2344. Parainfluenza in Hematologic patients – Impact of Prolonged Viral Shedding and Nosocomial Infection
Session: Poster Abstract Session: Transplant Virology
Saturday, October 29, 2016
Room: Poster Hall
Background: Parainfluenza virus (PIV) is often cause of self-limiting upper respiratory tract infection (URTI), but can result in severe and even life-threatening lower respiratory infection (LRTI) in the immunocompromised host. In contrast to seasonal influenza, PIV is transmitted all year round. Here, we describe outcome and risk factors of PIV infection in hematologic patients and report on prolonged viral shedding in this particular population.

Methods: Clinical characteristics and outcome of hematologic patients with documented PIV infection treated at our institution from July 2013 to June 2015 were retrospectively evaluated. In patients with available consecutive tests for PIV, duration of viral shedding was assessed. 

Results: 60 patients were identified, 47 with PIV 1/3, 13 with PIV 2/4. Median age was 59 years [range 26-76], 38 patients were male. 41 patients had received a stem cell transplantation (20 allogeneic, 17 autologous, 4 both). Nosocomial infection, defined as diagnosis of PIV infection ≥1 week after hospital admission, was apparent in 23 patients. In regard to outcome, 36 patients had URTI only, 24 (40%) developed a LRTI. Of the latter, 3 patients (13%) were transferred to the ICU and subsequently died. Neither type of PIV nor underlying hematologic disease had a significant impact on outcome. Leukopenia as well as nosocomial infection were significantly associated with LRTI (p=0.02 and p=0.01, resp.), a trend was seen for status post allogeneic transplantation (p=0.06). Duration of viral shedding could be evaluated in 23 patients. Median duration of viral shedding was 14 days, but shedding of up to 79 days was observed. A significant association between LRTI and prolonged shedding for >20 days was observed (p=0.01).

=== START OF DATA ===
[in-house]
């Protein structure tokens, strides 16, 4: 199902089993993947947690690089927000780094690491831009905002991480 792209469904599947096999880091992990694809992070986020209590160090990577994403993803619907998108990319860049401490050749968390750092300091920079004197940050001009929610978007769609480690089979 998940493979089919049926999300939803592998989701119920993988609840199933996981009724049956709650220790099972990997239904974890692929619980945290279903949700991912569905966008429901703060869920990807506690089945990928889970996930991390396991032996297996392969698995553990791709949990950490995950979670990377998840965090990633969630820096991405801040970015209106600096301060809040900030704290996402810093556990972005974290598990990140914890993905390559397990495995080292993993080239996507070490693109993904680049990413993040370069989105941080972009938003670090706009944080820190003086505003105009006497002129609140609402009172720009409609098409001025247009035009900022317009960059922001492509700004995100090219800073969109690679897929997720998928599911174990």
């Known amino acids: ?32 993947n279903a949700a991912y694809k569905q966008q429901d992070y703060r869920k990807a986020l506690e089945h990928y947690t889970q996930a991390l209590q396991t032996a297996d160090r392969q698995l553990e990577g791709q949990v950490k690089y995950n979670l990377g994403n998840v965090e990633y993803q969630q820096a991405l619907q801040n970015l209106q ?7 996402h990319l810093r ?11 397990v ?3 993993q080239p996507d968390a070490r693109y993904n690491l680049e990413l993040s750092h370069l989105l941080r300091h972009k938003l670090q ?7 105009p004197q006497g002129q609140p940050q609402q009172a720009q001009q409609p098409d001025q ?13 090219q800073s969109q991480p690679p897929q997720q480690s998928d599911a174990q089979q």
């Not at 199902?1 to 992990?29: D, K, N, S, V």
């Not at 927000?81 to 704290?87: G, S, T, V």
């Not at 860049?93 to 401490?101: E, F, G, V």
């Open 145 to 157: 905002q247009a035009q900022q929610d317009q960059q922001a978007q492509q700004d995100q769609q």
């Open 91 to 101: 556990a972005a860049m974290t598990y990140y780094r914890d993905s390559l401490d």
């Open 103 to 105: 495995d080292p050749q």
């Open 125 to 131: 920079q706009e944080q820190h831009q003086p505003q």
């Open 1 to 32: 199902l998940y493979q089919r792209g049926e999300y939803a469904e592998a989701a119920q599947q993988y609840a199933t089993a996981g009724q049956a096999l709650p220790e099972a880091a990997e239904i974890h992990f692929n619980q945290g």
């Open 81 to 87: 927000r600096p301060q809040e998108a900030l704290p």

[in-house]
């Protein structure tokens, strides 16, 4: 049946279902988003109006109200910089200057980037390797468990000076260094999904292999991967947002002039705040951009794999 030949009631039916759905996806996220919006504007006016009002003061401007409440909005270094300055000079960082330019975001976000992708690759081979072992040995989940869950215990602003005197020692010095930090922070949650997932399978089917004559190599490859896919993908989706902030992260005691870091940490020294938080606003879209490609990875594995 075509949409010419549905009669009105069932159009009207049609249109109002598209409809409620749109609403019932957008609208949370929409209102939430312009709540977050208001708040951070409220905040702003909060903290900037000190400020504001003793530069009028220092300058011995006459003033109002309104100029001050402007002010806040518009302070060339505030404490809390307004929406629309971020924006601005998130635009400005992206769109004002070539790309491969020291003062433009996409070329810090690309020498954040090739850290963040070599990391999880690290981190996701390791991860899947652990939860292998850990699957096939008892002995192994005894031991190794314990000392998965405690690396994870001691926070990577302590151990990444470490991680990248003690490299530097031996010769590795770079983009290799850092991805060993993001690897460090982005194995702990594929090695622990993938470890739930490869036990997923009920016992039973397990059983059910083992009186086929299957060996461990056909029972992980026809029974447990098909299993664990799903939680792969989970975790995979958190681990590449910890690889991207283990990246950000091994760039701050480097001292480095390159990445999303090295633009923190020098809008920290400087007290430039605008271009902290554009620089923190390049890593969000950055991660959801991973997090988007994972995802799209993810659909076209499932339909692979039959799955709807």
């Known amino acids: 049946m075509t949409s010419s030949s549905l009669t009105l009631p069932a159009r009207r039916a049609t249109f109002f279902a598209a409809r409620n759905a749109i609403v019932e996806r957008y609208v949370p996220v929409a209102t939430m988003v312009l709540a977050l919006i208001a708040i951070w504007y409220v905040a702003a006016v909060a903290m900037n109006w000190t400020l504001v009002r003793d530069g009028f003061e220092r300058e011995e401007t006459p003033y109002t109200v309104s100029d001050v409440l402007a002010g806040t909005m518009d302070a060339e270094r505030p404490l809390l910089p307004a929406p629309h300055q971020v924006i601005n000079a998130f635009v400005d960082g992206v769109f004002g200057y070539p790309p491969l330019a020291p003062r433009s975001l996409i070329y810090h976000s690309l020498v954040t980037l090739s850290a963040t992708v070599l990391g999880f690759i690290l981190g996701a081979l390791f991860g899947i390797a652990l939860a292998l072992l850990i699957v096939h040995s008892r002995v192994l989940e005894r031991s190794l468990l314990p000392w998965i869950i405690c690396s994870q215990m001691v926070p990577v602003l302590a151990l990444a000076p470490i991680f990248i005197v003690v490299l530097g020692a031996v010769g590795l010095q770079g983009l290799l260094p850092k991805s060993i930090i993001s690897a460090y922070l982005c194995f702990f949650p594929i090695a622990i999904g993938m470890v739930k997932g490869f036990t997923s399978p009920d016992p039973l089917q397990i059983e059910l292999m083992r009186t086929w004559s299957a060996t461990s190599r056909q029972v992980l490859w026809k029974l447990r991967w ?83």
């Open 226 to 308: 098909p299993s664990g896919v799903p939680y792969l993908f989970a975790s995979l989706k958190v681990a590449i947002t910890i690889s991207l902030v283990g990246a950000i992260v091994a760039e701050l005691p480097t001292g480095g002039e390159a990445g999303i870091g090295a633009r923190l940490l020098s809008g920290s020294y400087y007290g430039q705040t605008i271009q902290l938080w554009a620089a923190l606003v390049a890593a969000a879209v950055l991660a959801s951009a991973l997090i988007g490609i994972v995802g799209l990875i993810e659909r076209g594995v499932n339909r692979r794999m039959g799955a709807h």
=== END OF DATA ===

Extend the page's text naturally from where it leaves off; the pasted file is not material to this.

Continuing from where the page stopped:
Conclusion: PIV infection can cause significant morbidity in hematologic patients. Nosocomial infection was frequently present and was associated with a higher rate of LRTI in our patient population. Prolonged viral shedding was observed which might facilitate nosocomial spread of PIV and should be taken into account in infection control management.

Nicola Lehners, MD, Joe Puthenparambil, MD, Martin Schiller, MD, Anthony D. Ho, MD, Paul Schnitzler, PhD and Gerlinde Egerer, MD, University Hospital of Heidelberg, Heidelberg, Germany

Disclosures:

N. Lehners, None

J. Puthenparambil, None

M. Schiller, None

A. D. Ho, None

P. Schnitzler, None

G. Egerer, None

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